What does a mentor do?

Essentially, a mentor sets you one or more tasks to be completed in a specific period. These tasks should be geared to something you want to accomplish, usually business- or career- oriented. You then, at the next session, report on how these tasks went and how they forwarded your steps towards what you wanted to accomplish.

Some tasks are easy, things you should do regardless of your goal or desired result. Some may be a lot harder, and may require you to look into things that do not seem related to your desired outcome.

What do the tasks look like?

Basically, the tasks require, first, a time frame. The time frame may be longer than the period between sessions, but it should be reasonably short and distinct as well as reasonable for the task.

The tasks also need to be measurable. Measurable means that you can “count” something that leads to the result. For instance, it may be something like “talking to 10 potential buyers per day”. This is not the same as “talking to 10 people per day”, but 10 people who have a high probability of being buyers. It may be placing an advertisement in the classified section of a local newspaper, or checking how many unique visits your web pages had. The thing is, your task needs something that can be counted or otherwise measured.

Tasks need to be specific. For example, your task may be to set up a presentation for a product (which might be yourself) that lasts for exactly 5 minutes, or to create an “elevator pitch” that lasts exactly 30 seconds.

Some people say that goals should be SMART – Specific, Measurable, Achievable, Realistic and Time-related. The same thing applies to tasks. The more they fit into the SMART structure, the more likely they are to fit with what you want to accomplish.

Aren’t mentors just coaches under a different name?


Coaches are people who are good at a specific task or a class of tasks. They look at how you are doing the basics, and can correct your ‘bad habits’ in a specific area. If you want to be good at bookkeeping or accounting, then you need a coach in bookkeeping or accounting. If you want to do marketing right, then you want a marketing coach.

Coaches depend on knowing the right methods within a narrow area. They can teach you how to do something, and work with you to consistently do the job right, but they don’t innovate. They don’t teach outside their area of expertise. But they can get you to do your tasks effectively and (often) efficiently.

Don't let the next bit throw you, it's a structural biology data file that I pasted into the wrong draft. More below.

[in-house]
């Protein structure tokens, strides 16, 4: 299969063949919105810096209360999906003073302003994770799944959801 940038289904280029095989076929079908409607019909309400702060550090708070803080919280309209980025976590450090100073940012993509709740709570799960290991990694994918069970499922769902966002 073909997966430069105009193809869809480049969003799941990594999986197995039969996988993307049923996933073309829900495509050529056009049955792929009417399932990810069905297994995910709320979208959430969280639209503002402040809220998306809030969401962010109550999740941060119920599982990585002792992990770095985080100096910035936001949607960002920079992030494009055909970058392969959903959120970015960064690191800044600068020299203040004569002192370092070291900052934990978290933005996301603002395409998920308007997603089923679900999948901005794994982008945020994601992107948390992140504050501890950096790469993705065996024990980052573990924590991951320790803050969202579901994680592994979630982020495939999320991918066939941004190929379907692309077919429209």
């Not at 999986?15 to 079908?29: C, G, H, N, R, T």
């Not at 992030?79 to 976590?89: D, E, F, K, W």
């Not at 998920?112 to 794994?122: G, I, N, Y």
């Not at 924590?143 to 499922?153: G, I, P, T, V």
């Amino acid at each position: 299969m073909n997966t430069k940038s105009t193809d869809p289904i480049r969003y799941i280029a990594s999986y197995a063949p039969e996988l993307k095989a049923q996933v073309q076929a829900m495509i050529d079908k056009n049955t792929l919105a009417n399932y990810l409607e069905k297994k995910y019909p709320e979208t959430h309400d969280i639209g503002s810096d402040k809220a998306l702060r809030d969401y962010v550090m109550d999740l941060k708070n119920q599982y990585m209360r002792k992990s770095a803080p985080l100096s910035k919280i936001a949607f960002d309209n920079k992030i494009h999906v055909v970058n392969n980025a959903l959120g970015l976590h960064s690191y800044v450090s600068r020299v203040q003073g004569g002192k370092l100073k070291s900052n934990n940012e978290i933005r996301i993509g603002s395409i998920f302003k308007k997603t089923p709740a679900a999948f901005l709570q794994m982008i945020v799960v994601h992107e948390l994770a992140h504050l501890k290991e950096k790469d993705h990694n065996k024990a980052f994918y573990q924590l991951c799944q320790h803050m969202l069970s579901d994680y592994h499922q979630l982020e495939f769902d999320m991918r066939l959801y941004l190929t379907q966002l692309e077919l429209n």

A mentor is more a generalist. He/she might know how to do marketing or bookkeeping or whatever task set you need, but they often do not know quite enough to make you an expert in those areas. Instead, they can indicate the areas where you can improve, get you focused on those areas, set up tasks that allow you to know enough to get the job done. But you might need a coach to fine-tune the work you do. Mentors point you at the right tasks, but are not necessarily the people who can get you to do the task right.

So, I need both a mentor and a coach?

Up to a point.

Often, it depends on how well you want to do the right task. Most small business people can get by with just a mentor, someone who understands how your business can be made to work better. You can hire a bookkeeper or accountant to do the jobs right, as long as you know what the right jobs are.

Bringing in a marketer does not always pay off as well as you might think – marketers often require substantial budgets, and your business might not be large enough to get the maximum returns – the sales vs cost breakeven diagram is seldom a straight line (the traditional marketing approach); it’s usually a parabola opening downwards, so, once you pass the peak, you can finish up having lots of sales and a major loss.

What your mentor does is look at the whole of your business, much as you do. He/she looks for where troublesome spots might occur, and gets you to improve those, usually based on your budget and existing sales. His/her concern is for your business to be effective for you. Once you apply the tasks and advice, then you will be in a better position to hire a coach or to get the specific expertise applied to your business. Otherwise, your problems become a positive feedback loop, and you are in more trouble than you started with.

How good should a mentor be in his/her own business?

Preferably your mentor should be able to say “been there, done that, got the T-shirt! ” It’s the width of experiences that matter in getting the right mentor for you. A mentor who knows only marketing or only bookkeeping or only accounting will not be able to help you much. Often specialists are people “who have a hammer, and thus every problem is a nail”.

You want the best when it comes to a coach, but you want width of knowledge when hiring a mentor.